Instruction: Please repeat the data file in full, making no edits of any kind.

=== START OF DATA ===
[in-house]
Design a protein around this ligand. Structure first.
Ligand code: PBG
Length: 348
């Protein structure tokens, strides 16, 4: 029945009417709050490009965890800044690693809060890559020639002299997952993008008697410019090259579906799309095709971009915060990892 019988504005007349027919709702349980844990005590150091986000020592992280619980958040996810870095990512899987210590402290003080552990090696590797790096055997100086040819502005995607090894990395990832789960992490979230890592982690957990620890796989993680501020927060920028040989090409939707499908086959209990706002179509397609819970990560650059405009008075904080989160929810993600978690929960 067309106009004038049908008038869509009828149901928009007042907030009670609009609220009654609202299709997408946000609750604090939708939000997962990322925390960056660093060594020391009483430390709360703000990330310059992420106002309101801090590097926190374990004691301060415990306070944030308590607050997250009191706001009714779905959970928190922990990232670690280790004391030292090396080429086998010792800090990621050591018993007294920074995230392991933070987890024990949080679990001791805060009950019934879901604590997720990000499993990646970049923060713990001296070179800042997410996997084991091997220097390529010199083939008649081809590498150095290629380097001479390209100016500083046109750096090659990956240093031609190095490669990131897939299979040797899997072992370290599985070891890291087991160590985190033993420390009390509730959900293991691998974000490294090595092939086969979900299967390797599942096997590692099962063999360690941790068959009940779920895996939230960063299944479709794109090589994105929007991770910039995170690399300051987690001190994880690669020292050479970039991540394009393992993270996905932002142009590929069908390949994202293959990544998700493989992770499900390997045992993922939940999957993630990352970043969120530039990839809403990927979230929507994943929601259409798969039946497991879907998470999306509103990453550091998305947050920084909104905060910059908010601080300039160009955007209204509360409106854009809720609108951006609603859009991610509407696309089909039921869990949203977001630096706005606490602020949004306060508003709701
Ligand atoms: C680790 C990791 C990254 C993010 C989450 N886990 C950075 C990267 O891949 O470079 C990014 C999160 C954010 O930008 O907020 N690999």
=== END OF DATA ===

[in-house]
Design a protein around this ligand. Structure first.
Ligand code: PBG
Length: 348
């Protein structure tokens, strides 16, 4: 029945009417709050490009965890800044690693809060890559020639002299997952993008008697410019090259579906799309095709971009915060990892 019988504005007349027919709702349980844990005590150091986000020592992280619980958040996810870095990512899987210590402290003080552990090696590797790096055997100086040819502005995607090894990395990832789960992490979230890592982690957990620890796989993680501020927060920028040989090409939707499908086959209990706002179509397609819970990560650059405009008075904080989160929810993600978690929960 067309106009004038049908008038869509009828149901928009007042907030009670609009609220009654609202299709997408946000609750604090939708939000997962990322925390960056660093060594020391009483430390709360703000990330310059992420106002309101801090590097926190374990004691301060415990306070944030308590607050997250009191706001009714779905959970928190922990990232670690280790004391030292090396080429086998010792800090990621050591018993007294920074995230392991933070987890024990949080679990001791805060009950019934879901604590997720990000499993990646970049923060713990001296070179800042997410996997084991091997220097390529010199083939008649081809590498150095290629380097001479390209100016500083046109750096090659990956240093031609190095490669990131897939299979040797899997072992370290599985070891890291087991160590985190033993420390009390509730959900293991691998974000490294090595092939086969979900299967390797599942096997590692099962063999360690941790068959009940779920895996939230960063299944479709794109090589994105929007991770910039995170690399300051987690001190994880690669020292050479970039991540394009393992993270996905932002142009590929069908390949994202293959990544998700493989992770499900390997045992993922939940999957993630990352970043969120530039990839809403990927979230929507994943929601259409798969039946497991879907998470999306509103990453550091998305947050920084909104905060910059908010601080300039160009955007209204509360409106854009809720609108951006609603859009991610509407696309089909039921869990949203977001630096706005606490602020949004306060508003709701
Ligand atoms: C680790 C990791 C990254 C993010 C989450 N886990 C950075 C990267 O891949 O470079 C990014 C999160 C954010 O930008 O907020 N690999």